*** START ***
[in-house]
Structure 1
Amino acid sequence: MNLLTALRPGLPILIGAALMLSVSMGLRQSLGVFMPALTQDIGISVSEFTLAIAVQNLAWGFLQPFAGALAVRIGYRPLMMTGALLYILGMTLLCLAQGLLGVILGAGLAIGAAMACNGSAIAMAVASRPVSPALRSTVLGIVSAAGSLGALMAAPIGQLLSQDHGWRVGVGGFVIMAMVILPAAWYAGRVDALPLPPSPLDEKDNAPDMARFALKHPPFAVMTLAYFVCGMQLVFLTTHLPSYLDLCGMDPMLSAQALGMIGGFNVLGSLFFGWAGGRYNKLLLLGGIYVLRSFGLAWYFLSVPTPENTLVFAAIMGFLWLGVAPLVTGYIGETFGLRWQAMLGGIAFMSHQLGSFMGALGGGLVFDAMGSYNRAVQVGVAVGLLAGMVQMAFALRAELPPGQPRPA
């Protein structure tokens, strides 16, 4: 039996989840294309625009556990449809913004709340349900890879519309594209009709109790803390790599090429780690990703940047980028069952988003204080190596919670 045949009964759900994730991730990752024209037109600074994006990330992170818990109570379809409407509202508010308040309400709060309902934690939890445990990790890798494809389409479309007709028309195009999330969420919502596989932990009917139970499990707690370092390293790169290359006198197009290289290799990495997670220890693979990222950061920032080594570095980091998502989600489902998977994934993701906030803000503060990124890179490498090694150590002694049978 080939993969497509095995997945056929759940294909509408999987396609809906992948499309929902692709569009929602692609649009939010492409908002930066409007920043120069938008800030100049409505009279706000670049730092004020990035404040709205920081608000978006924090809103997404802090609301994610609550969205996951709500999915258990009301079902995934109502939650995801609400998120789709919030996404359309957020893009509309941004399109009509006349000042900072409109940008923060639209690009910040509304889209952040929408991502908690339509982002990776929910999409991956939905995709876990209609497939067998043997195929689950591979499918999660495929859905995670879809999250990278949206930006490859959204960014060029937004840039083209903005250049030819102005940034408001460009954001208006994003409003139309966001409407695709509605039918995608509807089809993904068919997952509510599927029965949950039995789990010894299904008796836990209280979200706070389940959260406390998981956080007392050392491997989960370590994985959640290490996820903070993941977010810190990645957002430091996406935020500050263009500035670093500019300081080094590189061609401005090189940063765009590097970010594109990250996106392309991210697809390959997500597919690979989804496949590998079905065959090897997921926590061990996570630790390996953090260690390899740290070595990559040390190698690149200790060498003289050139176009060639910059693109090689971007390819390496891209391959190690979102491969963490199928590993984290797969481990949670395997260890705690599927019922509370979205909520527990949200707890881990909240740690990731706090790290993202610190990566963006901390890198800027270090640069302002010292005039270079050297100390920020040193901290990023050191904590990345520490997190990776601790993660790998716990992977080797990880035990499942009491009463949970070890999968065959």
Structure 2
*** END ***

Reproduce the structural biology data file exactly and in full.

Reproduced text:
[in-house]
Structure 1
Amino acid sequence: MNLLTALRPGLPILIGAALMLSVSMGLRQSLGVFMPALTQDIGISVSEFTLAIAVQNLAWGFLQPFAGALAVRIGYRPLMMTGALLYILGMTLLCLAQGLLGVILGAGLAIGAAMACNGSAIAMAVASRPVSPALRSTVLGIVSAAGSLGALMAAPIGQLLSQDHGWRVGVGGFVIMAMVILPAAWYAGRVDALPLPPSPLDEKDNAPDMARFALKHPPFAVMTLAYFVCGMQLVFLTTHLPSYLDLCGMDPMLSAQALGMIGGFNVLGSLFFGWAGGRYNKLLLLGGIYVLRSFGLAWYFLSVPTPENTLVFAAIMGFLWLGVAPLVTGYIGETFGLRWQAMLGGIAFMSHQLGSFMGALGGGLVFDAMGSYNRAVQVGVAVGLLAGMVQMAFALRAELPPGQPRPA
């Protein structure tokens, strides 16, 4: 039996989840294309625009556990449809913004709340349900890879519309594209009709109790803390790599090429780690990703940047980028069952988003204080190596919670 045949009964759900994730991730990752024209037109600074994006990330992170818990109570379809409407509202508010308040309400709060309902934690939890445990990790890798494809389409479309007709028309195009999330969420919502596989932990009917139970499990707690370092390293790169290359006198197009290289290799990495997670220890693979990222950061920032080594570095980091998502989600489902998977994934993701906030803000503060990124890179490498090694150590002694049978 080939993969497509095995997945056929759940294909509408999987396609809906992948499309929902692709569009929602692609649009939010492409908002930066409007920043120069938008800030100049409505009279706000670049730092004020990035404040709205920081608000978006924090809103997404802090609301994610609550969205996951709500999915258990009301079902995934109502939650995801609400998120789709919030996404359309957020893009509309941004399109009509006349000042900072409109940008923060639209690009910040509304889209952040929408991502908690339509982002990776929910999409991956939905995709876990209609497939067998043997195929689950591979499918999660495929859905995670879809999250990278949206930006490859959204960014060029937004840039083209903005250049030819102005940034408001460009954001208006994003409003139309966001409407695709509605039918995608509807089809993904068919997952509510599927029965949950039995789990010894299904008796836990209280979200706070389940959260406390998981956080007392050392491997989960370590994985959640290490996820903070993941977010810190990645957002430091996406935020500050263009500035670093500019300081080094590189061609401005090189940063765009590097970010594109990250996106392309991210697809390959997500597919690979989804496949590998079905065959090897997921926590061990996570630790390996953090260690390899740290070595990559040390190698690149200790060498003289050139176009060639910059693109090689971007390819390496891209391959190690979102491969963490199928590993984290797969481990949670395997260890705690599927019922509370979205909520527990949200707890881990909240740690990731706090790290993202610190990566963006901390890198800027270090640069302002010292005039270079050297100390920020040193901290990023050191904590990345520490997190990776601790993660790998716990992977080797990880035990499942009491009463949970070890999968065959």
Structure 2